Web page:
Entity

Time filter

Source Type


Pereira G.R.,Federal University of Rio de Janeiro | Rocha H.S.,Federal University of Rio de Janeiro | Calza C.,Federal University of Rio de Janeiro | Anjos M.J.,State University of Rio de Janeiro | And 4 more authors.
X-Ray Spectrometry | Year: 2011

An X-ray transmission microtomography (CT) system combined with an X-ray fluorescence microtomography (XRFμCT) system was implemented in the Brazilian Synchrotron Light Laboratory (LNLS), Campinas, Brazil. The aim of this work was to determine the elemental distribution in biological samples (breast, prostate and lung samples) in order to verify the concentration of some elements correlated with characteristics and pathology of each tissue observed by the transmission CT. The experiments were performed at the X-ray fluorescence beamline (D09B-XRF) of the Brazilian Synchrotron Light Laboratory, Campinas, Brazil. A quasi-monochromatic beam produced by a multilayer monochromator was used as an incident beam. The sample was placed on a high-precision goniometer and translation stages that allow rotating as well as translating it perpendicularly to the beam. The fluorescence photons were collected with an energy dispersive HPGe detector placed at 90° to the incident beam, while transmitted photons were detected with a fast Na(Tl) scintillation counter placed behind the sample on the beam path. The CT images were reconstructed using a filtered-back projection algorithm and the XRFμCT images were reconstructed using a filtered-back projection algorithm with absorption corrections. The 3D images were reconstructed using the 3D-DOCTOR software. Results from the 3D visualization showed that the distribution of iron, copper and zinc is different and heterogeneous from the analyzed samples. © 2011 John Wiley & Sons, Ltd.. Source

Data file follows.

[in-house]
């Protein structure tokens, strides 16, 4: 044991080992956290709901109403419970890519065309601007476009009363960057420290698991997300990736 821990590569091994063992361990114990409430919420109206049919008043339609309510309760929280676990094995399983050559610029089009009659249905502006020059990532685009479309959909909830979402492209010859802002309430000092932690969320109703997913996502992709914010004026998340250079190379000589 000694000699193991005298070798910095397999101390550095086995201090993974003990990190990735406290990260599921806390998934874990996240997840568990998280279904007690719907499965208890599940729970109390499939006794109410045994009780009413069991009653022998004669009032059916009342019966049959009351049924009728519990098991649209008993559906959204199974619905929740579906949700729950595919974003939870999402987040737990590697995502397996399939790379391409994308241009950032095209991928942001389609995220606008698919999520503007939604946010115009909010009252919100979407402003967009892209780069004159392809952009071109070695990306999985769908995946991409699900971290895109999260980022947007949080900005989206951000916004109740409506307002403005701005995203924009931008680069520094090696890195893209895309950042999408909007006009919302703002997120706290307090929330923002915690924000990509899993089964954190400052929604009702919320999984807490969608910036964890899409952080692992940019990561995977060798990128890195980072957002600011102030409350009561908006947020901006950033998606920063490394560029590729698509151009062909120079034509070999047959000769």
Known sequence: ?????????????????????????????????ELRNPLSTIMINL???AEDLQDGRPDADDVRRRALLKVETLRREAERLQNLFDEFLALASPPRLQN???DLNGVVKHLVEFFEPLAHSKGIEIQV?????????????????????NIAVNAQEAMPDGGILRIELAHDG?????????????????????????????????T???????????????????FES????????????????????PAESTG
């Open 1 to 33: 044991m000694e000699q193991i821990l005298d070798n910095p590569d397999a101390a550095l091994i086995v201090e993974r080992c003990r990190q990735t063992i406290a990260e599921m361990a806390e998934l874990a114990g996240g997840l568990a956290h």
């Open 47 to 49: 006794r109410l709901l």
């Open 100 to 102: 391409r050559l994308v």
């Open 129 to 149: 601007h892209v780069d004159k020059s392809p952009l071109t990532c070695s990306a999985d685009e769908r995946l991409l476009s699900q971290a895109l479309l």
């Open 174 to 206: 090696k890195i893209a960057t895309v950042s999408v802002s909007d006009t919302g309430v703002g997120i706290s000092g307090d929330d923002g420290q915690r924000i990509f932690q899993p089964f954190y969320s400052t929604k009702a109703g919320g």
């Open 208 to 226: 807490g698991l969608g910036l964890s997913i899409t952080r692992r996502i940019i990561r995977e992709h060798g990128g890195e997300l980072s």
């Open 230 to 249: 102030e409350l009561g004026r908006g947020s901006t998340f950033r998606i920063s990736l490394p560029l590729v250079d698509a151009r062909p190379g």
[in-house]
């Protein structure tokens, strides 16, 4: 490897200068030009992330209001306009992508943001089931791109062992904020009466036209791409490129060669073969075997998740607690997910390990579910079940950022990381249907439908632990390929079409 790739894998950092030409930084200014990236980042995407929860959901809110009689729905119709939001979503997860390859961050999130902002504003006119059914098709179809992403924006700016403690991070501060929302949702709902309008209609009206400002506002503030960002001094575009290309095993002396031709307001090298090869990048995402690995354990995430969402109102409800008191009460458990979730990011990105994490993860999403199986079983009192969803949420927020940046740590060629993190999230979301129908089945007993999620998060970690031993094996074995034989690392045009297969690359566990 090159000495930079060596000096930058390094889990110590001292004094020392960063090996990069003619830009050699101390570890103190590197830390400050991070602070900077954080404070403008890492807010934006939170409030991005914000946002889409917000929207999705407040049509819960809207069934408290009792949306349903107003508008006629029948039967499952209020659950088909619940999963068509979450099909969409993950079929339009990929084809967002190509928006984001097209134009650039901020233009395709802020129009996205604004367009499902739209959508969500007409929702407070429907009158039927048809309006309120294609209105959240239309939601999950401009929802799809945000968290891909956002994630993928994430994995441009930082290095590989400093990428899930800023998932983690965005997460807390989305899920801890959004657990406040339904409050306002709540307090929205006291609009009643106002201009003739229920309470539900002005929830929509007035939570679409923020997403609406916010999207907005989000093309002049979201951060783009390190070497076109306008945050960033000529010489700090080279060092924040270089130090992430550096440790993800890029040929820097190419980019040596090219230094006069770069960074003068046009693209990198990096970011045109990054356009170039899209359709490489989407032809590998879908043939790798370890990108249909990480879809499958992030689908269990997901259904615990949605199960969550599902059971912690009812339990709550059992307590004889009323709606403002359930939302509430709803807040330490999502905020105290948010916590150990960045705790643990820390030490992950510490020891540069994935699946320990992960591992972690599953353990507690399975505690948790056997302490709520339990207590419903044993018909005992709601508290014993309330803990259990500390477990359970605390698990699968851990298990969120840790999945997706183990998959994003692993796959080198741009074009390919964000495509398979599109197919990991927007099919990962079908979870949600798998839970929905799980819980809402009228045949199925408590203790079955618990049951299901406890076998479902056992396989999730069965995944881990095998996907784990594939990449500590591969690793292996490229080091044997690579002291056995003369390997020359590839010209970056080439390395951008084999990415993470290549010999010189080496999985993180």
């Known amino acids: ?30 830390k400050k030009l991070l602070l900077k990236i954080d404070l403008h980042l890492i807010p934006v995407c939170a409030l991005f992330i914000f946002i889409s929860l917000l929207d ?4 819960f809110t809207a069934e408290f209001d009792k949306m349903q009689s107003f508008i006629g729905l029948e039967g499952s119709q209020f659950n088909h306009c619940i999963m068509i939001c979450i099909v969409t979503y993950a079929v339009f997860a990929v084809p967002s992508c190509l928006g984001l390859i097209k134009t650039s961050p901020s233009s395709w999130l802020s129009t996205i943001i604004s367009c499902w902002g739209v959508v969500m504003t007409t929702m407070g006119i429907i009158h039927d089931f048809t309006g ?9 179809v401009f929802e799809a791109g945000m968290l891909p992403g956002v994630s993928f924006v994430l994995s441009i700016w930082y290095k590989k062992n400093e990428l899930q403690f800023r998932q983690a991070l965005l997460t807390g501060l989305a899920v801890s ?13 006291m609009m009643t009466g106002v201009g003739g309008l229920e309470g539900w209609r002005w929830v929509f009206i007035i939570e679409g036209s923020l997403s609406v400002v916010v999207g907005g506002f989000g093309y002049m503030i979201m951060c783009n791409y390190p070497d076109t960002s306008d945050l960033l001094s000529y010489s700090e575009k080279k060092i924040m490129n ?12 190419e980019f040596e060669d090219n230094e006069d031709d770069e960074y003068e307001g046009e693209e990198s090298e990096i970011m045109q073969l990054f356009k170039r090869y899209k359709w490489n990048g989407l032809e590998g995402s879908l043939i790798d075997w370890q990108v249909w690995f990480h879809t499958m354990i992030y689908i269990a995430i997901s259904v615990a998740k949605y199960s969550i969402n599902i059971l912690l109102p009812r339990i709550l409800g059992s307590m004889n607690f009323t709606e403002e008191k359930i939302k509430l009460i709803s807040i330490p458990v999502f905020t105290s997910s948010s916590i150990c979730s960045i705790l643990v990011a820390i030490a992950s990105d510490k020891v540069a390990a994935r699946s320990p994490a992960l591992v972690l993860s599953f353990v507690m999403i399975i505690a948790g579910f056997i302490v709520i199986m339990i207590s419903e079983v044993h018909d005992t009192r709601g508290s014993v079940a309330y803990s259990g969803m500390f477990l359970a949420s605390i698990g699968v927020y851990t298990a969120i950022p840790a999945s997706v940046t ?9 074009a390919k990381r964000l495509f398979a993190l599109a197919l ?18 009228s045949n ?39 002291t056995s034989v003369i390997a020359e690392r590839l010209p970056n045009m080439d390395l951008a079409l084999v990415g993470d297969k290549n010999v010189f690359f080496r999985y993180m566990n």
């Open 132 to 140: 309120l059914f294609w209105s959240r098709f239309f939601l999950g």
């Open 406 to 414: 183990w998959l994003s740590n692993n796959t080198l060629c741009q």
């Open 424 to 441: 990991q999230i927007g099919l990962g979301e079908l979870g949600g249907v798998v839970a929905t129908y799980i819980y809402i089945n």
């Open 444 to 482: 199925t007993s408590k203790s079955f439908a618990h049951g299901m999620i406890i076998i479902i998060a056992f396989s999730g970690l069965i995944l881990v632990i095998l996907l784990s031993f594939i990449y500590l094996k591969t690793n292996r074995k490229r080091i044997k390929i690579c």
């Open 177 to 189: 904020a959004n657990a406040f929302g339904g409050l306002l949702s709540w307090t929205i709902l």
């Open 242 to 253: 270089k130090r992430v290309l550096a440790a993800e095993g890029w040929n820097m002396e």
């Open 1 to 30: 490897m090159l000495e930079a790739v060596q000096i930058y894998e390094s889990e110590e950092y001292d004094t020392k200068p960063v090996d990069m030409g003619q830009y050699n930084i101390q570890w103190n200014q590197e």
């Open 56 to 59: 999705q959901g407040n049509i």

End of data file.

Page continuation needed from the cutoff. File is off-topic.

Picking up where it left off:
Duncan Keppie J.,National Autonomous University of Mexico | Fraser Keppie D.,Nova Energy
Geoscience Canada | Year: 2014

Current Ediacaran–Cambrian, paleo-geographic reconstructions place Aval-onia, Carolinia and Ganderia (Greater Avalonia) at high paleolatitudes off northwestern Gondwana (NW Africa and/or Amazonia), and locate NW Gondwana at either high or low paleo-latitudes. All of these reconstructions are incompatible with 550 Ma Avalon-ian paleomagnetic data, which indicate a paleolatitude of 20–30ºS for Greater Avalonia and oriented with the present-day southeast margin on the northwest side. Ediacaran, Cambrian and Early Ordovician fauna in Avalonia are mainly endemic, which suggests that Greater Avalonia was an island micro-continent. Except for the degree of Ediacaran deformation, the Neopro-terozoic geological records of mildly deformed Greater Avalonia and the intensely deformed Bolshezemel block in the Timanian orogen into eastern Baltica raise the possibility that they were originally along strike from one another, passing from an island micro-continent to an arc-continent collision-al zone, respectively. Such a location and orientation is consistent with: (i) Ediacaran (580–550 Ma) ridge-trench collision leading to transform motion along the backarc basin; (ii) the reversed, ocean-to-continent polarity of the Ediacaran cratonic island arc recorded in Greater Avalonia; (iii) derivation of 1–2 Ga and 760–590 Ma detrital zircon grains in Greater Avalo-nia from Baltica and the Bolshezemel block (NE Timanides); and (iv) the similarity of 840–1760 Ma TDM model ages from detrital zircon in pre-Uralian–Timanian and Nd model ages from Greater Avalonia. During the Cambrian, Greater Avalonia rotated 150º counterclockwise ending up off northwestern Gondwana by the beginning of the Ordovician, after which it migrated orthogonally across Iapetus to amalgamate with eastern Laurentia by the Late Ordovician–Early Silurian. © 2014 GAC/AGC® Source